Originally Posted by WT Sharpe
Fair enough. I must confess that I'm the last one in the world qualified to pass judgment on Rowling's work; having seen only one movie and having read not even one of her books. My only criticism is her stance on ebooks. Now, she's the creator of those works; they are the product of her labor. As such, she has the right, in my opinion, to make those books available in any form she sees fit, or to prohibit their availability in whatever form she sees fit.
Just as I, as a reader, am free to say that if that's how she feels about those of us who prefer screens over paper, I won't be reading any of her works.
I have seen one HP movie in whole, out of curiosity. I have seen snatches of others, previews, laborious critiques and anticipations of her work, but have never read a line of an actual book where I had to open the cover, or felt a desire to do so.
Sometimes it seems that the ability to assimilate quickly the written word is a curse because opening that visual door slightly lets in things from outside you would rather not have known existed. So much is in the news about Harry Potter that I have learned way too much for my own comfort.
Same thing with the teenage vampire TV series, though it isn't that I don't like vampire movies or even vampire TV. I loved "Priest." I give great honor to the directors and writers of "30 days of night." "True Blood" is somewhat in the middle with comical leanings, and some interesting stuff, and the most deliciously hot vampire of all time, in my mind, "Jessica." I liked the vamps in the "Gates" single season also.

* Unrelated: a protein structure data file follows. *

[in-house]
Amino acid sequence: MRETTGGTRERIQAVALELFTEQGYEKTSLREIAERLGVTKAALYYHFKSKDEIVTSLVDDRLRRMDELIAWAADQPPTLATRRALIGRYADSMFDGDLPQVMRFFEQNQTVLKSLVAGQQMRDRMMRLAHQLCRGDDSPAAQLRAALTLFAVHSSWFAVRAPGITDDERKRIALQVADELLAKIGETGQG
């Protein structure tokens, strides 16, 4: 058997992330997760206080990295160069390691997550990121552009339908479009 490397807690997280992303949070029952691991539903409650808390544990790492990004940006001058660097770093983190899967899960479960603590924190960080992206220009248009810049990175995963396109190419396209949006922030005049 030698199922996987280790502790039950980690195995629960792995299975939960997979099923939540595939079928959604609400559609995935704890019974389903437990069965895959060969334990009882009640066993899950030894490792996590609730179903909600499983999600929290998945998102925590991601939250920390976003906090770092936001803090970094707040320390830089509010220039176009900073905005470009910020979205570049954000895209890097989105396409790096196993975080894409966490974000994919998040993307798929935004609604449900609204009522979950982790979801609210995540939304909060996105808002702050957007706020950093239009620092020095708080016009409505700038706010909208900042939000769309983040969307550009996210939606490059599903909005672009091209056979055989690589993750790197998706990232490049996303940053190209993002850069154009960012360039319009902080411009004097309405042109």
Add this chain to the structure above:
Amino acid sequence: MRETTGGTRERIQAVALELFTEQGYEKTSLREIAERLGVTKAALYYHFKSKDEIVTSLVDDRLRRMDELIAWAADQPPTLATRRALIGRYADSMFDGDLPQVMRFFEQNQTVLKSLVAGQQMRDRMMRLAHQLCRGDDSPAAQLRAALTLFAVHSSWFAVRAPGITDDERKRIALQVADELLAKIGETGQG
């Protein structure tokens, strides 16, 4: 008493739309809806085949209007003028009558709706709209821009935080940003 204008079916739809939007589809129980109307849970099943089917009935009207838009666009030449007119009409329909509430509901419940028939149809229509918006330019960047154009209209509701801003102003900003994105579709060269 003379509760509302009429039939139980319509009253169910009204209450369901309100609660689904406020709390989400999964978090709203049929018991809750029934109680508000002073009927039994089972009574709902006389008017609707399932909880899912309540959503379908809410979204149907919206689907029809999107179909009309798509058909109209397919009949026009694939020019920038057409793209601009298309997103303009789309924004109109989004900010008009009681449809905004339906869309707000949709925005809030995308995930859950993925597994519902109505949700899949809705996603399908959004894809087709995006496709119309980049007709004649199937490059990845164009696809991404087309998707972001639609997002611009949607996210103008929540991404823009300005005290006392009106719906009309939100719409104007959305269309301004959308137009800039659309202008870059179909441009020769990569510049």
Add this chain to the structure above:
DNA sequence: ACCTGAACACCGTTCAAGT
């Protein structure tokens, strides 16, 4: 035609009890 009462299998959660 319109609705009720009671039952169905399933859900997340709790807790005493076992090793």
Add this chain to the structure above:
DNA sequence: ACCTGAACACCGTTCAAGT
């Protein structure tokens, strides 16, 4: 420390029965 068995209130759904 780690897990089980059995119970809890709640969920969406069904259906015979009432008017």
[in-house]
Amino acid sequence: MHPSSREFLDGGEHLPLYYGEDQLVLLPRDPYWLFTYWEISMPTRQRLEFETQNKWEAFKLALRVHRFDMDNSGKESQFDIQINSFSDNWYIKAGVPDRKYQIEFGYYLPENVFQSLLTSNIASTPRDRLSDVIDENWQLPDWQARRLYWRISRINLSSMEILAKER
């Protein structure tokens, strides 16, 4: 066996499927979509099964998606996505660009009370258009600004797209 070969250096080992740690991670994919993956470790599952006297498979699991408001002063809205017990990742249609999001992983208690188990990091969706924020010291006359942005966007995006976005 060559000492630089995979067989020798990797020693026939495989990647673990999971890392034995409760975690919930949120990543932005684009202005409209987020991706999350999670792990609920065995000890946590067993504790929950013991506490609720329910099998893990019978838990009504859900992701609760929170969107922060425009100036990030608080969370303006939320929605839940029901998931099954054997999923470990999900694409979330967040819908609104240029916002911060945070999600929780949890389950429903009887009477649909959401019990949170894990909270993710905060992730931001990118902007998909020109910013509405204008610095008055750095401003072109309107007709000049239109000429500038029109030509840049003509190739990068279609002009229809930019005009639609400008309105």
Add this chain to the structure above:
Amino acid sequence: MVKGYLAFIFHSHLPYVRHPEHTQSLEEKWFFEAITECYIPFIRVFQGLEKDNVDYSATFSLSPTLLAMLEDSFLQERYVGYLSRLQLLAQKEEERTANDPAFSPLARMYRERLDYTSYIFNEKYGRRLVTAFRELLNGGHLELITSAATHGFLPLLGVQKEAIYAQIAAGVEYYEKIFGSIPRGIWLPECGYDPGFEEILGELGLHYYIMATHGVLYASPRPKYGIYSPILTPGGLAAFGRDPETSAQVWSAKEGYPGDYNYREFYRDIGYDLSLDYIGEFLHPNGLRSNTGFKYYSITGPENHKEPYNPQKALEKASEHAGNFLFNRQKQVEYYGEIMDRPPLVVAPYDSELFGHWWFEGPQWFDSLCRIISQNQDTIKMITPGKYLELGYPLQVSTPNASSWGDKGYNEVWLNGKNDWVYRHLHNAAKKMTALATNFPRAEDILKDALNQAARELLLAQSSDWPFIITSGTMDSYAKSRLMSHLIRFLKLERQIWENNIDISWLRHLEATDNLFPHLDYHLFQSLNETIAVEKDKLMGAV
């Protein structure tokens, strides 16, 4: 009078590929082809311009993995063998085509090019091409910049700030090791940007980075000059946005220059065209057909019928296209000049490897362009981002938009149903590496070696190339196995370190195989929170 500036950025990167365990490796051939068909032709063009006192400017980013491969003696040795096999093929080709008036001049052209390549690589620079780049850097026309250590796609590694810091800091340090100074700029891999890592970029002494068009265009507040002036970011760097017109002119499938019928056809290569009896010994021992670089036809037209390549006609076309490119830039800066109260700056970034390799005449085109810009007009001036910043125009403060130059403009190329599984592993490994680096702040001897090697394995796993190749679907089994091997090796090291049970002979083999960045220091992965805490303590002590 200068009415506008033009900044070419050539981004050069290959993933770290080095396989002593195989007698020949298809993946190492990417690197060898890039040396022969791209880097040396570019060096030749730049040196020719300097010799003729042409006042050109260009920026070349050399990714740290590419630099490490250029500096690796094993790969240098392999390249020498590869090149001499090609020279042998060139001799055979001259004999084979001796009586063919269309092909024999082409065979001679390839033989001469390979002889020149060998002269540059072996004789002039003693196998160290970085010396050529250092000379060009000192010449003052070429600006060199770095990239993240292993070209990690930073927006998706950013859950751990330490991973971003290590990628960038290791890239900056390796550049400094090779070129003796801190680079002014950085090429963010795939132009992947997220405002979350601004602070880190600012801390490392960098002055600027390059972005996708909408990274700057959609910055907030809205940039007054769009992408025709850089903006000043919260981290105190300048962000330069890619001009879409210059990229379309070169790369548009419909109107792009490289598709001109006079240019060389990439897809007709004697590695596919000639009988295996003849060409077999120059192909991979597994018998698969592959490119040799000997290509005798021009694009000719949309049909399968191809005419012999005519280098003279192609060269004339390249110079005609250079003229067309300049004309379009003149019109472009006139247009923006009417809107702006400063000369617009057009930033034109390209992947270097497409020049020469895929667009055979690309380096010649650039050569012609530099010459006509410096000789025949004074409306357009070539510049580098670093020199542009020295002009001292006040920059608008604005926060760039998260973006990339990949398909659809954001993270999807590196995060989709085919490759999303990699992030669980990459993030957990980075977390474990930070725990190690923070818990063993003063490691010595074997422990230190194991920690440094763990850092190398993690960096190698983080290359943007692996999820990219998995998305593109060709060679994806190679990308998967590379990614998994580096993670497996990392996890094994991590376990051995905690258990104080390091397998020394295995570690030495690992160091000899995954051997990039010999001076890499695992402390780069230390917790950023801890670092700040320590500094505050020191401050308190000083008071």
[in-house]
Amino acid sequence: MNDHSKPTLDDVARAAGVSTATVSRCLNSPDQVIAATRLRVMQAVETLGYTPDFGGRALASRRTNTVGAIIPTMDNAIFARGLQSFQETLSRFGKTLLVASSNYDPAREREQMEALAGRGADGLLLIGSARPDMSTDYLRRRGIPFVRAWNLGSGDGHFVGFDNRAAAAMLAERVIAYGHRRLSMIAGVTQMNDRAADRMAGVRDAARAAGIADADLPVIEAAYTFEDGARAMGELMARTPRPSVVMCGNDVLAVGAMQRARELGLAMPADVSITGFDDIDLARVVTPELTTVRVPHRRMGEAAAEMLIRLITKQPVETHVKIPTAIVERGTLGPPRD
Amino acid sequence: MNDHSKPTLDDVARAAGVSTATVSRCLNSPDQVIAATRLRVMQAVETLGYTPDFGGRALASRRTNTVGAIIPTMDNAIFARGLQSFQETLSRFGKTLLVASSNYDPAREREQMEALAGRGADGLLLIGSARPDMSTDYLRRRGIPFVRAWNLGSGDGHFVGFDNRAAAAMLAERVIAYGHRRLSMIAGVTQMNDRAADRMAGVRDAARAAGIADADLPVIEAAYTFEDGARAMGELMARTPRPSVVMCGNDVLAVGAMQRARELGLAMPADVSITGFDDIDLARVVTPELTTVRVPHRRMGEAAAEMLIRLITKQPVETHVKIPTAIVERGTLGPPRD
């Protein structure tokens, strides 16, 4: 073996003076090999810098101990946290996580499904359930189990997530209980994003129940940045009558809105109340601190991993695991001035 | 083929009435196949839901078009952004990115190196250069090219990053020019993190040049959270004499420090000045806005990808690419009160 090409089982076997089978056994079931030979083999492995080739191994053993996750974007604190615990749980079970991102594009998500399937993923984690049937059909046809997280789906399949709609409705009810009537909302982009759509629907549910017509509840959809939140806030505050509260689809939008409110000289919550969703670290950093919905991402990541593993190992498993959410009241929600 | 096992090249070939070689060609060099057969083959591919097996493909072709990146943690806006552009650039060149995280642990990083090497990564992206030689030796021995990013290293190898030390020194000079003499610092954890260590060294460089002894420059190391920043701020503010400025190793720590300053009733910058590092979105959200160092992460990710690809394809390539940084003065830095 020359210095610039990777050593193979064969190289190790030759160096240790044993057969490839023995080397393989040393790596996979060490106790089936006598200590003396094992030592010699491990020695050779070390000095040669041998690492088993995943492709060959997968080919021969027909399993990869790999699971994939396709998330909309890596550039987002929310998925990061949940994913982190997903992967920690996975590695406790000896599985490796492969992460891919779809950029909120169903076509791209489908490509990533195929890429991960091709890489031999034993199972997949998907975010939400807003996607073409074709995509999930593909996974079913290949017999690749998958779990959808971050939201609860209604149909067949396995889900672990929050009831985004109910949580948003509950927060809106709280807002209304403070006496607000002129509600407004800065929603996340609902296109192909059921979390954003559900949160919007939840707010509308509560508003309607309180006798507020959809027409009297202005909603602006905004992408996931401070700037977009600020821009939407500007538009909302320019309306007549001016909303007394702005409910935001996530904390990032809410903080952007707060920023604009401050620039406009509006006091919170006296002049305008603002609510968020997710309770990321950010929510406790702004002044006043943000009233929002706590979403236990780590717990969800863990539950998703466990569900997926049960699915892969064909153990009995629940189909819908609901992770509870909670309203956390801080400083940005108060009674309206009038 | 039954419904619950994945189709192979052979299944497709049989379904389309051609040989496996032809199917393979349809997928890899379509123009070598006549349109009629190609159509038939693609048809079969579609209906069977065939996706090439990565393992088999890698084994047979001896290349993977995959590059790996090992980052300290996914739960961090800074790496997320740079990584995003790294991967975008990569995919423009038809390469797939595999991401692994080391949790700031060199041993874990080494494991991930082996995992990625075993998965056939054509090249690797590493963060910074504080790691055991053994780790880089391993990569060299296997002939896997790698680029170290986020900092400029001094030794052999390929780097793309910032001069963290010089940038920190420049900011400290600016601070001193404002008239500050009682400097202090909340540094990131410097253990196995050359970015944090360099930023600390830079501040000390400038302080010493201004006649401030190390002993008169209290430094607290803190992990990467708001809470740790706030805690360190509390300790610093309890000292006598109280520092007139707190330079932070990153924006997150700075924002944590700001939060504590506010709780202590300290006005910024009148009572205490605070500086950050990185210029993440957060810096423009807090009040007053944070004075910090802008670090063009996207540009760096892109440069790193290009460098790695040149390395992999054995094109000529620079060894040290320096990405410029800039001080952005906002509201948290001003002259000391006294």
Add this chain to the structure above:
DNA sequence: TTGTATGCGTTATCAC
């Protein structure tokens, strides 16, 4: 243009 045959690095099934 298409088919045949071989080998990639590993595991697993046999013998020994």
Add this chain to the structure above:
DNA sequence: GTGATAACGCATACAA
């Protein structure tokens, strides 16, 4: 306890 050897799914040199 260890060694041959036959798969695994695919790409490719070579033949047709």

Maybe it is that I don't like Vampires in the 90210 context.
As for eBooks, that was a dumb move by Rowling. I heard that she was still trying to get in good with the "literary" world that took its time recognizing her, (so far as she was concerned.) Personally I can see it also, a kind of "Well, now do you love me and think I am wonderful?" It is that kind of Broadway mentality, where they hold their hand over their heart and bow to the audience.
My own problem with eBooks is that they are priced wrong. When you can get the same book after a year or so for $4.00 used with total legal control from Amazon and still have to pay $9.99 or $7.99 for the eBook that is actually limited in how you use it, that is foolish. I say after a period of time, no more than $6.00 for a new eBook, and if they can work out the technical details, $3.00 for a used eBook. Also there should be time frames associated with all these prices. When the books first come out, the eBooks can be priced higher.
, in summary, I think that we are both saying the same thing about "Dame" KT Rowling. "Let her rot in potterdamn
," with none of this, "may her soul rest."